A self-directed health savings account (HSA) follows the same IRS rules that regular HSAs do. Self-directed plans have the same annual contribution limits and eligibility requirements. They provide a way to build tax-free funds you can spend on qualified medical expenses throughout your lifetime. So, how is a self-directed health savings account different than a regular HSA?
The edge a self-directed HSA has over the conventional account is the ability to invest in alternative assets.
People self-direct retirement plans and other savings accounts because they want control. There is a certain security in making your own investment choices. There is great freedom when you don’t depend on Wall Street to earn income in tax-advantaged accounts. Self-directed health savings accounts give you control over your own investing decisions just like a self-directed IRA. And, yes, that means that you choose the assets for the account, not a broker or account custodian.
Alternative Investments for a Self-Directed Health Savings Account
If you self-direct your HSA and invest in things like real estate or private equity—things you know and understand—just imagine the potential growth that you could achieve to cover qualified health care costs for you and your family.
And there is a large pool of investment opportunities waiting for you:
- Single family homes
- Multifamily condos and apartments
- Commercial property
- Real estate investment trusts (REITs)
- Rental property
- Real estate syndications
- Farmland, crops, and timberland
- Overseas property
- Tax liens and deeds
- Private mortgages
- Mobile home parks
- LLCs, LLPs, and trusts
- Oil, gas, and/or mineral rights
- Private equity and private stock
- Crowdfunding opportunities
- Businesses, franchises, and startups
- Futures and foreign exchange (forex) trading
- Hedge funds
- Precious metals
- …and many other investment options
Self-directed HSAs allow you to capitalize on the account’s tax-free earning potential by investing in assets you know and understand. Plus, you get the benefits that all HSAs offer.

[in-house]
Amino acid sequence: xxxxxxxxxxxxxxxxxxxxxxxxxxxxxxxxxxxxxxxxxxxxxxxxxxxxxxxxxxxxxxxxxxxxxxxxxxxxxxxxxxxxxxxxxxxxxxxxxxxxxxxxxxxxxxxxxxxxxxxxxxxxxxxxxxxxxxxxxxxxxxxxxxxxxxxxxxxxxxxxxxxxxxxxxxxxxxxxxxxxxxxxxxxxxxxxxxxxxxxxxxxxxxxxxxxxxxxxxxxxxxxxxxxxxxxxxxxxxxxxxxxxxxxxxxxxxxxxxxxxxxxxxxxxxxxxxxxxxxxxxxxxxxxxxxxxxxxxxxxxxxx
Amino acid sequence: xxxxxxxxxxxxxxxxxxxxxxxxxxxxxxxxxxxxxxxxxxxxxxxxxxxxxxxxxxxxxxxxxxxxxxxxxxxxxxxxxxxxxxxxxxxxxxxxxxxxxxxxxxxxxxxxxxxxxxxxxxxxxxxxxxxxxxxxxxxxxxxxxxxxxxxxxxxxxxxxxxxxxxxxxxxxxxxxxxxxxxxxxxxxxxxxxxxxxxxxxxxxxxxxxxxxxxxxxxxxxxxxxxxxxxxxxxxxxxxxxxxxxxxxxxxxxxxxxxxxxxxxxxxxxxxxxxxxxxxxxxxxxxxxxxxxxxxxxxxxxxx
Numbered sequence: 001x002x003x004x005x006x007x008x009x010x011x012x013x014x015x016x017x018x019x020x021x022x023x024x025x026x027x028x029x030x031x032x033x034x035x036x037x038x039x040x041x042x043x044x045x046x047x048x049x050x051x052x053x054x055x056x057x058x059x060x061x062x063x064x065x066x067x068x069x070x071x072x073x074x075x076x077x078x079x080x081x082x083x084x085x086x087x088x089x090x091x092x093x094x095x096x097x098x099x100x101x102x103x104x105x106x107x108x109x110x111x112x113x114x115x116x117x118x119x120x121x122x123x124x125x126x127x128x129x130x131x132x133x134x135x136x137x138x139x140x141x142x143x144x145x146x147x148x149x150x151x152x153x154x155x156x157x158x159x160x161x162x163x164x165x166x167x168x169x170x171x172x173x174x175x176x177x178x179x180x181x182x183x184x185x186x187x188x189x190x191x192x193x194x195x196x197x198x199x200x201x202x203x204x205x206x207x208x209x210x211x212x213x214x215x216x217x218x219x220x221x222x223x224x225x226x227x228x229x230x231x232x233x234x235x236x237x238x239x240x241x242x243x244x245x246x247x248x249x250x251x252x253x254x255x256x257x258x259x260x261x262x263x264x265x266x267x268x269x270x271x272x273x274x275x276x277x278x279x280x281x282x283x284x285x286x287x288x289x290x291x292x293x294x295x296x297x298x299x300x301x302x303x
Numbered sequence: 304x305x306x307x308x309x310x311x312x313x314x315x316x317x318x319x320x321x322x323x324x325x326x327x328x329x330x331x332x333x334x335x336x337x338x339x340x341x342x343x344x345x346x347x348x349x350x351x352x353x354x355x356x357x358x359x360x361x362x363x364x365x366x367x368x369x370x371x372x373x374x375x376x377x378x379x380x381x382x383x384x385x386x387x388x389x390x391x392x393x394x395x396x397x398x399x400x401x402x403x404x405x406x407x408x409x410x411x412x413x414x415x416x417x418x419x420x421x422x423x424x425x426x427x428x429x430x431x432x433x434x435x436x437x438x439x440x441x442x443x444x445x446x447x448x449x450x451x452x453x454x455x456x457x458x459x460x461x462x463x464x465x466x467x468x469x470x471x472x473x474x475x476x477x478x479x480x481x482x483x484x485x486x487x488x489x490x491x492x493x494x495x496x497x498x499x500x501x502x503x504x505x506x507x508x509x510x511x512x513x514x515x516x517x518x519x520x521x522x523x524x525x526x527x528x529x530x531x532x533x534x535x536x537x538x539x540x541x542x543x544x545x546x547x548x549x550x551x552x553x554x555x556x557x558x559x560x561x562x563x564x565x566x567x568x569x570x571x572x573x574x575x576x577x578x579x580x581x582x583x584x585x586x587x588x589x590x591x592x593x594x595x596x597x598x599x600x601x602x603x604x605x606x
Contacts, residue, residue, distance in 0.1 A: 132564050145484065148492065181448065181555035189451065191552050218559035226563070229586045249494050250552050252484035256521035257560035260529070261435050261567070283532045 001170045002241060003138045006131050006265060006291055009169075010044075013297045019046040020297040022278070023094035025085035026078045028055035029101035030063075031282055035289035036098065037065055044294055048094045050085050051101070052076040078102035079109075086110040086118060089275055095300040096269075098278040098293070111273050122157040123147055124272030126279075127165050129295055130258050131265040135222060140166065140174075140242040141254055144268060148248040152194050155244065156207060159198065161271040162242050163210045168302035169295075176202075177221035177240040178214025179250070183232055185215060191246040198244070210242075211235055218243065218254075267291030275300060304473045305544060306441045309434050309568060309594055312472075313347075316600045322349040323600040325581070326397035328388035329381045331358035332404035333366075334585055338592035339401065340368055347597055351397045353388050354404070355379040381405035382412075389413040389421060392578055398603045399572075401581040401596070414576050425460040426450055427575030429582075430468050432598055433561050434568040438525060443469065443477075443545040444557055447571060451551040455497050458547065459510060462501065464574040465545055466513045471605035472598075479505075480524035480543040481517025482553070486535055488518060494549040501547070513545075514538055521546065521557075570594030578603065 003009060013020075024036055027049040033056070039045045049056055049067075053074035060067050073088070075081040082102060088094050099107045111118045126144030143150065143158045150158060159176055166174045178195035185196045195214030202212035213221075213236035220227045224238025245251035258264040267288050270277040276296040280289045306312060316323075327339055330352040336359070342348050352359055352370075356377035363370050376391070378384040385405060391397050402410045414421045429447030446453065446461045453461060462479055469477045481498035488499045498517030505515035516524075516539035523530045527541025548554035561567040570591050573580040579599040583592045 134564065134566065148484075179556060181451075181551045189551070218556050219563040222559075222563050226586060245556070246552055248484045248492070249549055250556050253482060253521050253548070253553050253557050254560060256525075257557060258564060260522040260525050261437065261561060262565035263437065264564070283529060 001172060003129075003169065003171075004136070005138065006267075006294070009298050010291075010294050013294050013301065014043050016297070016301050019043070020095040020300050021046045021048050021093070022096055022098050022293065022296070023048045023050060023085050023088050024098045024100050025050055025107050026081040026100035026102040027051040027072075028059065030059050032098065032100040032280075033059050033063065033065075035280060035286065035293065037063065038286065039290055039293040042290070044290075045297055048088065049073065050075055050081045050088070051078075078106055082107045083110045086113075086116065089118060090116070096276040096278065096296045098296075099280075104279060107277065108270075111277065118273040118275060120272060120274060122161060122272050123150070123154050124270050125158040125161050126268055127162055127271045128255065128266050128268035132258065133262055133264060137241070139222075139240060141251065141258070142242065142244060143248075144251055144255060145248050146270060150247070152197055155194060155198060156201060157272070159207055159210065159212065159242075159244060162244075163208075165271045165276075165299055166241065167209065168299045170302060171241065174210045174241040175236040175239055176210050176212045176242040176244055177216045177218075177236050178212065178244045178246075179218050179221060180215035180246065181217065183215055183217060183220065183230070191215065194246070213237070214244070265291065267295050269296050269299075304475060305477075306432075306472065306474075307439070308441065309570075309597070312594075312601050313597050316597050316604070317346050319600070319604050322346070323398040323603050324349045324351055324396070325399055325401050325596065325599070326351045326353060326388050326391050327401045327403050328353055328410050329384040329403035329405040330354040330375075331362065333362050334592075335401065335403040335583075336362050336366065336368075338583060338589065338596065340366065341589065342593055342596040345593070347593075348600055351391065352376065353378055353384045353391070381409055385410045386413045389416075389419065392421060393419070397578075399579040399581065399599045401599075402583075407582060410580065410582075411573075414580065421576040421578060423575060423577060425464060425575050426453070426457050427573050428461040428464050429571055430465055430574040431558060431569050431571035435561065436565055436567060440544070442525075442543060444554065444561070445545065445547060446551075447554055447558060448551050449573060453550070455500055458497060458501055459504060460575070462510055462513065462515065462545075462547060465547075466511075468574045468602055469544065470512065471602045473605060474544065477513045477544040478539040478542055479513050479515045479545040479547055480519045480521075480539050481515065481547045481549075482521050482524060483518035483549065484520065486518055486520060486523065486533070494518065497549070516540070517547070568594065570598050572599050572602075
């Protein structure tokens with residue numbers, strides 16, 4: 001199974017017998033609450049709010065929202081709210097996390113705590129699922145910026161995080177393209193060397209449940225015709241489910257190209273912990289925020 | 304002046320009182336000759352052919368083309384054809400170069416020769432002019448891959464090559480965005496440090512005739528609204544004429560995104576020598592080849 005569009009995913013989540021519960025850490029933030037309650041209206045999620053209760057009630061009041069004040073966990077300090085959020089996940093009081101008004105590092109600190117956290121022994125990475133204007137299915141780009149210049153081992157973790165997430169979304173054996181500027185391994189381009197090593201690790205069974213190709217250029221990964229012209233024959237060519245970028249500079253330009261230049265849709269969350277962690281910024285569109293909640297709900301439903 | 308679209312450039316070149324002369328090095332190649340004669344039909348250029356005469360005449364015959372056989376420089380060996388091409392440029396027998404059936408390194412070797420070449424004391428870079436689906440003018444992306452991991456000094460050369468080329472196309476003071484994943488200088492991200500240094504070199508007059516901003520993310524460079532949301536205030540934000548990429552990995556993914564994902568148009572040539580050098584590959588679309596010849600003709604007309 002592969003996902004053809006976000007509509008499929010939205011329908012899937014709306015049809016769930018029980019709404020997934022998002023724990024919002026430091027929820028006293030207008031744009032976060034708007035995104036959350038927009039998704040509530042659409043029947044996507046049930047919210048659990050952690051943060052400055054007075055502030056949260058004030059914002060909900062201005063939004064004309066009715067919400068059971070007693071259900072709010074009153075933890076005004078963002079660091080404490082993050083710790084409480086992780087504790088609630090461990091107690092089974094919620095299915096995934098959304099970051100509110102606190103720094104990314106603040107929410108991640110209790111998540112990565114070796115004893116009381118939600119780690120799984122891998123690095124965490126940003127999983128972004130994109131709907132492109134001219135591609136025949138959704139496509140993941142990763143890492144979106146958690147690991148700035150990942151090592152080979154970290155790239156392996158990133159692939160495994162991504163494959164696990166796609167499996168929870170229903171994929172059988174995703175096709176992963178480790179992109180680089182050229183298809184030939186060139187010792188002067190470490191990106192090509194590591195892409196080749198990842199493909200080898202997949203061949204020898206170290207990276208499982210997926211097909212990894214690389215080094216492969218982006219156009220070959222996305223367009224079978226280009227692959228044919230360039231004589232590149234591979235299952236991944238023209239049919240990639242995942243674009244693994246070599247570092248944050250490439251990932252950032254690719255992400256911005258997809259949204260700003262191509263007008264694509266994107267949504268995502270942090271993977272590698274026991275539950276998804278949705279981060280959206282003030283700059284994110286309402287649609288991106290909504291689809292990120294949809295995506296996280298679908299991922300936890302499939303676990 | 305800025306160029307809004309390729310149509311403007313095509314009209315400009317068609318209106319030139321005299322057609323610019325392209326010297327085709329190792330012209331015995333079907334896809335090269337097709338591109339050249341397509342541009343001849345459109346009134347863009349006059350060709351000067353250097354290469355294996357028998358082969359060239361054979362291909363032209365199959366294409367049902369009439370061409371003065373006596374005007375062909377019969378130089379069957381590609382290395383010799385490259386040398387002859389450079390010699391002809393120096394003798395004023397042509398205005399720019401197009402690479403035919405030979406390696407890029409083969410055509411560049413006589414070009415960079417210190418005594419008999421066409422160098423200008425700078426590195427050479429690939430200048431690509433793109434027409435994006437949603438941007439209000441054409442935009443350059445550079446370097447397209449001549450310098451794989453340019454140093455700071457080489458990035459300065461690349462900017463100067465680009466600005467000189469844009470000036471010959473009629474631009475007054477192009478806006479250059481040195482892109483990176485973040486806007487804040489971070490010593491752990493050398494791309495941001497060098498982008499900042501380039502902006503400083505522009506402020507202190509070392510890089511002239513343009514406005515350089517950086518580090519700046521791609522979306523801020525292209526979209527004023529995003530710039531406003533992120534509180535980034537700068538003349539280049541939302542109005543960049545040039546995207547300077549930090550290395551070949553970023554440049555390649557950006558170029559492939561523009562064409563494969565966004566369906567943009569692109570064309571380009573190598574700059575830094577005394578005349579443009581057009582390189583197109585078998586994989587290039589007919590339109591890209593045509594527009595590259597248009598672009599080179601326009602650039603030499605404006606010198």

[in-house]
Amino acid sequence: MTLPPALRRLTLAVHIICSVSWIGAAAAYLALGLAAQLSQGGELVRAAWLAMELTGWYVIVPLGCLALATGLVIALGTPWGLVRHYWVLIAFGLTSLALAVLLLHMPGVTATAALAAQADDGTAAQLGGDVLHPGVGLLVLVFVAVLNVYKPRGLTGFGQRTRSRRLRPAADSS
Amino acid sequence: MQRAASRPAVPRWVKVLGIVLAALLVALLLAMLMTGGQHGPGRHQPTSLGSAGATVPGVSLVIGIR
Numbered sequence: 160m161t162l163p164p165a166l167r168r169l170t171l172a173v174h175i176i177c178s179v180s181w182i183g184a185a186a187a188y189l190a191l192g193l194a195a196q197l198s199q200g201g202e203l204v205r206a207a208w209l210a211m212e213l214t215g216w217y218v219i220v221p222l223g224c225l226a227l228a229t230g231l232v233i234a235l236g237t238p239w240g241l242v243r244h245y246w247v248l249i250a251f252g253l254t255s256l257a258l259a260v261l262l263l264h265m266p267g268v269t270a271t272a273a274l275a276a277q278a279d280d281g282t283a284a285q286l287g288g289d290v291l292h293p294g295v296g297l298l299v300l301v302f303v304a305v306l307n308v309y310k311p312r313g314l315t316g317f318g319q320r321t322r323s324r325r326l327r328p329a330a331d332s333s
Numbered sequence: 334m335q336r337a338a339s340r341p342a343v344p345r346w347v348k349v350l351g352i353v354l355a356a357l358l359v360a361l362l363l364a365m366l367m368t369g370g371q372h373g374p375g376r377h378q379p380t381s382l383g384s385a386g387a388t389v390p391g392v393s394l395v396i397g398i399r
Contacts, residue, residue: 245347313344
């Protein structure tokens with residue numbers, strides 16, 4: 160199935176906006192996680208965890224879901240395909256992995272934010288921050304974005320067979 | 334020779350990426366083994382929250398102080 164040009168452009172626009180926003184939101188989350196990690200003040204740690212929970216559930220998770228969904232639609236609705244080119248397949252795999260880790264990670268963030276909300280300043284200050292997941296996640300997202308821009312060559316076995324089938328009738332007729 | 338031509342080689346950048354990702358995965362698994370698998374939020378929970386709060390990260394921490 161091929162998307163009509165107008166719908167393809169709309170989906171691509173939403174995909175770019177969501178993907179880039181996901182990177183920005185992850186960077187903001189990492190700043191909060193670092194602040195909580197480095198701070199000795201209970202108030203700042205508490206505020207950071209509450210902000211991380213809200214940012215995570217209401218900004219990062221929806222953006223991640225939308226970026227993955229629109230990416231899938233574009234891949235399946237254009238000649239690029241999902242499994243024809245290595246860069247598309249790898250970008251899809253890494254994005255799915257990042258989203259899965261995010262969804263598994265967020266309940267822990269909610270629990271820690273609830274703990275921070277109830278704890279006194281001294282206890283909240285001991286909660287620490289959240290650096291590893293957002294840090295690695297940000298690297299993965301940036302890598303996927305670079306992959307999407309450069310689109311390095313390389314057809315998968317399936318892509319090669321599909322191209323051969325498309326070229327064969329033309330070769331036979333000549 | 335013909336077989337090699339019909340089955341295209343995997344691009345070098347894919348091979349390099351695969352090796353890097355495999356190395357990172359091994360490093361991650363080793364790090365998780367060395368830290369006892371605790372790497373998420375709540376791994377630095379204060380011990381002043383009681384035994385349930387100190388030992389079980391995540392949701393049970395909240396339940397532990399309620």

Benefits of HSAs:
- Contributions to HSAs are made with pre-tax dollars and are tax deductible
- Unused funds roll over into next year’s funds
- The interest earned in the account is not taxable
- Accounts are offered by some employers, banks, insurance companies, etc.
- If you change employers, your HSA follows you
- Anyone can contribute: your employer, family member
- Employer contributions are not counted towards your income
A Self-Directed Health Savings Account Is a Powerful Retirement Planning Tool
These plans can significantly supplement retirement income provided you’ve amassed adequate funds in the HSA when you retire. And, when you are able to invest your account into diverse assets besides stocks, bonds, and mutual funds—you have the chance to increase that earning potential.
The extra funds you build in your HSA can keep you from dipping into your retirement plan funds.
If you experience a major, unexpected health issue you can use funds from that account instead of depleting your retirement funds. You can use HSA funds to pay for copayments, deductibles, coinsurance, along with other qualified health care expenses. Note: If you take the funds out for any other reason, you’ll pay a stiff penalty and face a tax liability.
However, once you are 65 years or older, you’re entitled to take penalty-free withdrawals to spend on anything. Understandably, those withdrawals are taxable if the funds aren’t spent on qualified health care costs. But if the account holds substantial funds when you retire—some things outside the spending restrictions may very well be worth paying tax on!
Want to Learn More about Self-Directed HSAs?
If you are interested in learning more about self-directed health savings accounts, contact Advanta IRA today. We are always happy to explain how these plans can be incorporated into your investing and retirement planning strategy.